I have no idea when I first saw this problem. That's why we need to exam the small cases.

The test example is a good inspiration. When consider n = 3, k = 2 with array [1, 3, 2], you may notice that it gives you 1, 2 these two distinct integers. If we want to have k distinct integers from 1, ..., k, what we can do?

A nature way is to mimic the example. We put 1 in the first, then k + 1 in order to get k. The we put 2 to get k - 1, then k to get k - 2 and so on. For example, [1, k+1, 2, k, 3, k-1, ..., ]. The process will stop when we hit the integer k/2 + 1 for k = even and (k + 3) / 2 for k = odd. By doing so, we get the integers from 1 to k. Now, we need to take care of the next integer. Since we used up from 1 to k+1, then k+2 comes to the next. We can easily check that k+2 - (k/2 + 1) or (k+2) - (k+3)/2 are smaller or equal to k. Then we are done if we put k+2, k+3, ... n to the remaining of the array.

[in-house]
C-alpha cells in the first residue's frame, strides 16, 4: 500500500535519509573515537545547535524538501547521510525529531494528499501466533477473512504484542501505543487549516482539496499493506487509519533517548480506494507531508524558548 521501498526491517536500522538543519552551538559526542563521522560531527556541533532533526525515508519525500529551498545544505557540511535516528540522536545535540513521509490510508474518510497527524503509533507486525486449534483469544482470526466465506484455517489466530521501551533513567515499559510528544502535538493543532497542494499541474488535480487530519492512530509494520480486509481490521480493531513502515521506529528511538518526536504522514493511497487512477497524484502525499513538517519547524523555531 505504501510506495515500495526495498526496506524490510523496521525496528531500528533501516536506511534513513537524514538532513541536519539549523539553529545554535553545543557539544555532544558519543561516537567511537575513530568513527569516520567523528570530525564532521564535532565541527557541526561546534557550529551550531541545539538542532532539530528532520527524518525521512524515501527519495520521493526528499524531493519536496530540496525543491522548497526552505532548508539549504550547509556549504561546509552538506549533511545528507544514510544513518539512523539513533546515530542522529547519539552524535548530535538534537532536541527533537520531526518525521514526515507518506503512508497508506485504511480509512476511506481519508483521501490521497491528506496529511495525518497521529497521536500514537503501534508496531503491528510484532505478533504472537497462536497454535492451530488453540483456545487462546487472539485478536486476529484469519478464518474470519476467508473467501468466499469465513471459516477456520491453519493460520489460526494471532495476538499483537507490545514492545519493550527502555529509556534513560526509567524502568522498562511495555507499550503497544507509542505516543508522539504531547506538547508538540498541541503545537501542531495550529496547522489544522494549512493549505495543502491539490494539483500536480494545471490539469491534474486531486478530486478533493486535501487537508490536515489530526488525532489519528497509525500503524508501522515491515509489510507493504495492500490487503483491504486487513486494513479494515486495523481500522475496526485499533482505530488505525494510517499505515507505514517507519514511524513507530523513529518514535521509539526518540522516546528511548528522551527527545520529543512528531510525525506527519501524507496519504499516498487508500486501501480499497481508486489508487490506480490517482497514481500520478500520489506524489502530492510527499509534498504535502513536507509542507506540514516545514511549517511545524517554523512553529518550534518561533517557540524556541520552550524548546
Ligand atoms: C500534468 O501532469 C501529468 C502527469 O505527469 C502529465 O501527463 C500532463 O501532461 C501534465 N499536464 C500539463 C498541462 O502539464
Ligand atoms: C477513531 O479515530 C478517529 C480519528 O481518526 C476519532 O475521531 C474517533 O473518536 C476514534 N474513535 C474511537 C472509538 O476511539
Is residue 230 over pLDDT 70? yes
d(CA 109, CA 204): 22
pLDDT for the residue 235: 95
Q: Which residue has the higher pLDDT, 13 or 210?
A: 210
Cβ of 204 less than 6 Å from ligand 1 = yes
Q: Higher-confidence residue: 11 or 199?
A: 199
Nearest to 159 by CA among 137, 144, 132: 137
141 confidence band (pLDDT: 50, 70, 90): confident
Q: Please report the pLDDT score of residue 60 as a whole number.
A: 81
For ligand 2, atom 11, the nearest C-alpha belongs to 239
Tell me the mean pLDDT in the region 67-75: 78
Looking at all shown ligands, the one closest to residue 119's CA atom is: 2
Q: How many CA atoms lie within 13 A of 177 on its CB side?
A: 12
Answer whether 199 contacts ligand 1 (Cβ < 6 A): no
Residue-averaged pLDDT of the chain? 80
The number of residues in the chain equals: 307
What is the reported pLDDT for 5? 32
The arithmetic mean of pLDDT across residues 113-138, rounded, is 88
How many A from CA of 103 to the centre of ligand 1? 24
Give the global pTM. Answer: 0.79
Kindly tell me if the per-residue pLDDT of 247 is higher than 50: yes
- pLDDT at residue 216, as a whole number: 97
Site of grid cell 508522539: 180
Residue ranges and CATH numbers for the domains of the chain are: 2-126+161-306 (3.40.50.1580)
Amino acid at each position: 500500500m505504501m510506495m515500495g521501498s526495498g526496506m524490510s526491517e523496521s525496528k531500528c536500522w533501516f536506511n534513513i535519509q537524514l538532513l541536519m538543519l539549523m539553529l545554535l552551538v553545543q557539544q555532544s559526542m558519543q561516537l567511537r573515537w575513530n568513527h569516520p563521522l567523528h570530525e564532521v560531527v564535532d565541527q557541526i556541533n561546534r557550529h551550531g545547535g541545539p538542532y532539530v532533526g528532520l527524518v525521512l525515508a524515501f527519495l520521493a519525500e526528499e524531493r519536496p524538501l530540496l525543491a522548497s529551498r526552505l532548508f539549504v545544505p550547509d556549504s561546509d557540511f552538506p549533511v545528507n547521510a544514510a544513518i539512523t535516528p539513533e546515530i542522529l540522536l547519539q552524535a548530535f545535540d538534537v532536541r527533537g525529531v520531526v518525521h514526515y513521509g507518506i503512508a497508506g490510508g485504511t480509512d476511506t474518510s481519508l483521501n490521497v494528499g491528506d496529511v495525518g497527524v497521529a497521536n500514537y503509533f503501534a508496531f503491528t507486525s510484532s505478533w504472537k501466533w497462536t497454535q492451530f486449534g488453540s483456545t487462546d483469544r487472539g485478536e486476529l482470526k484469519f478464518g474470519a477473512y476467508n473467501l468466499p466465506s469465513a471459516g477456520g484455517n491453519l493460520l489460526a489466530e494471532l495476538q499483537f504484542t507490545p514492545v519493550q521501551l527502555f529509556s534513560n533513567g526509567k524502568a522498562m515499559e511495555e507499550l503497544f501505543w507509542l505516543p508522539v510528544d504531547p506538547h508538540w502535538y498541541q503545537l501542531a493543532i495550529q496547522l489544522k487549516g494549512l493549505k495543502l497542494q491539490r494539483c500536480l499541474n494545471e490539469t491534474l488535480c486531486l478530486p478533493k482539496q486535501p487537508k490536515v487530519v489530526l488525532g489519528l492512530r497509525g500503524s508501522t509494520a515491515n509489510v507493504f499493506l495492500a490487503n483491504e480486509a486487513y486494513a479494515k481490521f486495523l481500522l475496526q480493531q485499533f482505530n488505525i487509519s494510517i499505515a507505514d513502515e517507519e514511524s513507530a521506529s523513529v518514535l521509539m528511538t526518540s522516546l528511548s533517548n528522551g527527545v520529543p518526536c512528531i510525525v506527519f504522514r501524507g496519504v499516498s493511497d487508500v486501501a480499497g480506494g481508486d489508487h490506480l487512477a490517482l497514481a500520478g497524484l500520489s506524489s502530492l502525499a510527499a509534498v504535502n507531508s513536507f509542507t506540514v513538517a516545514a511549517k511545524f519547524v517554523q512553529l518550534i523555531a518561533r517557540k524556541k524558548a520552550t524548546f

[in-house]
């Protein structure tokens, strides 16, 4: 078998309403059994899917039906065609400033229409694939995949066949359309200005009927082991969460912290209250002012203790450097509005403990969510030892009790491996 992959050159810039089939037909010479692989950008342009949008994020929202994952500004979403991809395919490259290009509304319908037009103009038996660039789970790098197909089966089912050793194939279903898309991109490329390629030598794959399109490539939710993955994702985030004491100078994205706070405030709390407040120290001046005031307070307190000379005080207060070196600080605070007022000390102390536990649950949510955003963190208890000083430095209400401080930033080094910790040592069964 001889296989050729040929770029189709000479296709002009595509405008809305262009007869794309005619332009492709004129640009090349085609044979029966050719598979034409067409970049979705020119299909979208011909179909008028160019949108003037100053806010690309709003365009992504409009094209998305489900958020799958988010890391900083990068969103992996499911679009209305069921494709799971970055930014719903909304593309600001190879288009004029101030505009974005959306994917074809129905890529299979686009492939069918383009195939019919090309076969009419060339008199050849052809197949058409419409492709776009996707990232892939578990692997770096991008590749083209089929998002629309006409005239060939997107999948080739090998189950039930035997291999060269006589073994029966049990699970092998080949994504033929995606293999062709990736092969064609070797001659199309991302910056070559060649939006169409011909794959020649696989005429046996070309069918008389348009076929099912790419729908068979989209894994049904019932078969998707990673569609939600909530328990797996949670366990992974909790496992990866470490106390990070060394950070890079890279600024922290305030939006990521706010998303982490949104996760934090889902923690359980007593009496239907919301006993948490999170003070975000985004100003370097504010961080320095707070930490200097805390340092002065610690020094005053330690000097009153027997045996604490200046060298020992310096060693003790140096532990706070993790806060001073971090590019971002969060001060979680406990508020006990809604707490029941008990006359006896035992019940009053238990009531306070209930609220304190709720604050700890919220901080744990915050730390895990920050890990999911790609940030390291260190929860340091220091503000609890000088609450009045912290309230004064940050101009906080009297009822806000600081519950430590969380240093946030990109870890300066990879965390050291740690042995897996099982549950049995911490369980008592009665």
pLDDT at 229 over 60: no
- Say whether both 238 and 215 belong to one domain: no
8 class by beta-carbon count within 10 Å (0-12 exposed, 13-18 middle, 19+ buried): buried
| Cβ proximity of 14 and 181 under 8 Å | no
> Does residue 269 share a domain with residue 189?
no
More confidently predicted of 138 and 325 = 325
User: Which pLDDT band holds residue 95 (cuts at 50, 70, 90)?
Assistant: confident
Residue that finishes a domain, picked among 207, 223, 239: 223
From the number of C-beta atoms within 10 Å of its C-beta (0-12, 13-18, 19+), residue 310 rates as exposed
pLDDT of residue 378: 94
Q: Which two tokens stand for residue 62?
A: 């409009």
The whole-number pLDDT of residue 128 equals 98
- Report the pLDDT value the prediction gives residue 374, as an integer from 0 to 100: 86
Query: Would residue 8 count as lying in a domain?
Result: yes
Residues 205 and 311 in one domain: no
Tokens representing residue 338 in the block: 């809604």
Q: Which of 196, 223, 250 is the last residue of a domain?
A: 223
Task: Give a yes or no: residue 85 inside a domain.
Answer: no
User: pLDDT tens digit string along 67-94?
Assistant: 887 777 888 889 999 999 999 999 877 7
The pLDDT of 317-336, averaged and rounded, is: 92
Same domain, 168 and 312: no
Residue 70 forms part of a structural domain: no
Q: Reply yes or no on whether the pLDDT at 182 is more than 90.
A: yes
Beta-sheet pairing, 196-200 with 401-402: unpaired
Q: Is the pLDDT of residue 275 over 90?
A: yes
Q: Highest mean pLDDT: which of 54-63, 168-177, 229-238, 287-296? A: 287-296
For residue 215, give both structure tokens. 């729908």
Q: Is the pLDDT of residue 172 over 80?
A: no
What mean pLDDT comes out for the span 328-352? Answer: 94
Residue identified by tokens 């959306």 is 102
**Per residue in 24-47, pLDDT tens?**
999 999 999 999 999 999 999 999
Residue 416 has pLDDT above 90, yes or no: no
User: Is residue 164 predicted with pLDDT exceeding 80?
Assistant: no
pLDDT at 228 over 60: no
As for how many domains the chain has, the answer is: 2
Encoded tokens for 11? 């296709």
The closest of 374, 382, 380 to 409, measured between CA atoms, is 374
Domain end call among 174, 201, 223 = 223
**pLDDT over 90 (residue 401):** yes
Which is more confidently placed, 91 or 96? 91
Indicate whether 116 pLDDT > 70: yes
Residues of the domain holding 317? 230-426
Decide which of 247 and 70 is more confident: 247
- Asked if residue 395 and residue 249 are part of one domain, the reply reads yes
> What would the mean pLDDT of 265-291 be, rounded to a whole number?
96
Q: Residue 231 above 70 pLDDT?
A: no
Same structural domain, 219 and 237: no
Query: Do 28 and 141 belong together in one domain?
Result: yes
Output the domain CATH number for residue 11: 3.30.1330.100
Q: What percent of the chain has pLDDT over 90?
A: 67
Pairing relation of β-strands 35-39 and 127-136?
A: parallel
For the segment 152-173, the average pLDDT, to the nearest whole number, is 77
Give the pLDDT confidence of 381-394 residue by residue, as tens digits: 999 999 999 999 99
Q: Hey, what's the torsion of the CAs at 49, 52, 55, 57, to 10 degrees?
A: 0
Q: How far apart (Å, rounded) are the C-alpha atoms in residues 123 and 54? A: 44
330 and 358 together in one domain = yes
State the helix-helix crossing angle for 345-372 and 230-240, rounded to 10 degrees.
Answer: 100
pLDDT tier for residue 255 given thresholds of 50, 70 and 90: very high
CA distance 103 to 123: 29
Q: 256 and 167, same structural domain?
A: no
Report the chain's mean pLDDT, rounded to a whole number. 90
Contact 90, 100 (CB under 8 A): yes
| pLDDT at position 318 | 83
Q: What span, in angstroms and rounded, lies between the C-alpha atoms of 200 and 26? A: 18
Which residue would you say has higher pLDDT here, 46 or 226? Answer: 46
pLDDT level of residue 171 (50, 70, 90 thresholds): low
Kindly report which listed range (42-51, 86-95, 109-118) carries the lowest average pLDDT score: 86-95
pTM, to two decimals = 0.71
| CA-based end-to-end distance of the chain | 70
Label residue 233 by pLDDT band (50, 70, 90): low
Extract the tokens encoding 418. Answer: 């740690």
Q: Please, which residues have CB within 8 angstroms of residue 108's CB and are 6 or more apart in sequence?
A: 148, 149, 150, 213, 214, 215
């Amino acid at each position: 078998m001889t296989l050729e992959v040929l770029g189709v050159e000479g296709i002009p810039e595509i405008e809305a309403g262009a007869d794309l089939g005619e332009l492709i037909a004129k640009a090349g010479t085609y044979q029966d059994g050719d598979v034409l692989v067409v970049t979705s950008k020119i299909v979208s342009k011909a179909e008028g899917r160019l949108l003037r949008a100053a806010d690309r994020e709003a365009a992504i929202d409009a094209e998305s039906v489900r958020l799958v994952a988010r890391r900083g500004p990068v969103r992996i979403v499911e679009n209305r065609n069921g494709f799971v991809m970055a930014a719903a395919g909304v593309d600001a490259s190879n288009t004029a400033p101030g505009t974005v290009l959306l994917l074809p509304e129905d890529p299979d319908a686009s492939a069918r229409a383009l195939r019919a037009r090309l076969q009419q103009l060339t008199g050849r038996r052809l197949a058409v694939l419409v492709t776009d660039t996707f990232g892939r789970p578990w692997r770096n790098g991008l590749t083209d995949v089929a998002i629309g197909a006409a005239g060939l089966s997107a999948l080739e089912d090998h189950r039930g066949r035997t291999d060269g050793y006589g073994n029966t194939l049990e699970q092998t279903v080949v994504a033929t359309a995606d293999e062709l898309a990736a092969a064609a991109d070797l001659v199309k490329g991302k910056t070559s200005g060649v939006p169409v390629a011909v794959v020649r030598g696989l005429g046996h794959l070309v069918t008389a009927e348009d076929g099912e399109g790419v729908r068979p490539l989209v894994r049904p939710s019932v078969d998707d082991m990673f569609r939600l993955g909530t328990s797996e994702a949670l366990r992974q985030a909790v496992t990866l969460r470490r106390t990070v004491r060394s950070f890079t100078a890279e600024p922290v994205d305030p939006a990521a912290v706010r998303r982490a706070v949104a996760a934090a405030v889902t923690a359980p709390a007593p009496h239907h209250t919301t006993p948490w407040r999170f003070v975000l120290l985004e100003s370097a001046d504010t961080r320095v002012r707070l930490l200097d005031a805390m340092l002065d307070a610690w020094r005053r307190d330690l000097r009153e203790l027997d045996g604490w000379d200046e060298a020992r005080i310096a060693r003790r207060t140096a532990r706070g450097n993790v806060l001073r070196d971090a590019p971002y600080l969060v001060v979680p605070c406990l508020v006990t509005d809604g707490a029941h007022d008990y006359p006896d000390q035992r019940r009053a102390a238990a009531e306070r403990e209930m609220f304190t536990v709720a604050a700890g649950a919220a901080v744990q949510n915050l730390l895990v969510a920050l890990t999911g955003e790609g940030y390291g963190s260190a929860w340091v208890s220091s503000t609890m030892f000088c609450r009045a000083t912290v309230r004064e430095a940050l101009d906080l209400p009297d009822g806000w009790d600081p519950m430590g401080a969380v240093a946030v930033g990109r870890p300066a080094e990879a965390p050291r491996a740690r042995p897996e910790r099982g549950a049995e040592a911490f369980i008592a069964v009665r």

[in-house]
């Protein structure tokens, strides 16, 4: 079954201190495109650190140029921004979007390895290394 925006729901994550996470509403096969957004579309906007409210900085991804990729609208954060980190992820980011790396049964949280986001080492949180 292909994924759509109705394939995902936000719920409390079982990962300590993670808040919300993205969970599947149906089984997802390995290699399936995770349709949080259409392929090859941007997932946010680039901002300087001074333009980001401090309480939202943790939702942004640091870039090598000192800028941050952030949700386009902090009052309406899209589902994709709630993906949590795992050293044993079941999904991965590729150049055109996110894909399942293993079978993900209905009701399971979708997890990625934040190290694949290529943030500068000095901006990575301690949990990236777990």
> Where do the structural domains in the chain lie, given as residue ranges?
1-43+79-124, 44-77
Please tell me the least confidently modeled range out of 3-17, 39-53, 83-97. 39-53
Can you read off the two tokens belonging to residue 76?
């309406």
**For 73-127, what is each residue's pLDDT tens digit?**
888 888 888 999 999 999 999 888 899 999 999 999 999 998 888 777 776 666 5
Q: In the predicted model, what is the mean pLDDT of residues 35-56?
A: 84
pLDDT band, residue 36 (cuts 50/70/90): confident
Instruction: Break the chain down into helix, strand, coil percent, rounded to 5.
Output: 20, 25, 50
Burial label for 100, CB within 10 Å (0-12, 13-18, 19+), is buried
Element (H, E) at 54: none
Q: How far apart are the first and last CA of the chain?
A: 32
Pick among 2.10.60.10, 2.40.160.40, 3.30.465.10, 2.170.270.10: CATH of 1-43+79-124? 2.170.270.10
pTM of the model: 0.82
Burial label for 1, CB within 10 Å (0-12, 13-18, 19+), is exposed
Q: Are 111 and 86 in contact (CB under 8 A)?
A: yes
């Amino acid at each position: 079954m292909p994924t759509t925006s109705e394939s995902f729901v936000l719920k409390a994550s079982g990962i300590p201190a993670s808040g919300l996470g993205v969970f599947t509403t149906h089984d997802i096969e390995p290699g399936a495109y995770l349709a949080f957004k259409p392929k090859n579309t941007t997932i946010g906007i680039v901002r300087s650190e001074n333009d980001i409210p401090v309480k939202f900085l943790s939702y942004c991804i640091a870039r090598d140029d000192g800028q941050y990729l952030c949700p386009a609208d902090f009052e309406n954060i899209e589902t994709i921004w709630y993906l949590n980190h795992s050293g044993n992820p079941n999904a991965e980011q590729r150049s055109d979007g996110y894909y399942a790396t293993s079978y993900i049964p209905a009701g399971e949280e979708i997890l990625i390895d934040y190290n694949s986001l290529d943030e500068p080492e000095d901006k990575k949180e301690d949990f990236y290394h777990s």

```
class Solution {
public:
vector<int> constructArray(int n, int k) {
//Put 1...k+1 in the first half of the array
vector<int> array(n);
int left = 1;
int right = k + 1;
int idx = 0;
while (left <= right) {
if (left < right) {
array[idx++] = left;
array[idx++] = right;
} else {
array[idx++] = left;
}
left++;
right--;
}
for (int i = idx; i < n; i++) {
array[i] = k + i - idx + 2;
}
return array;
}
};
```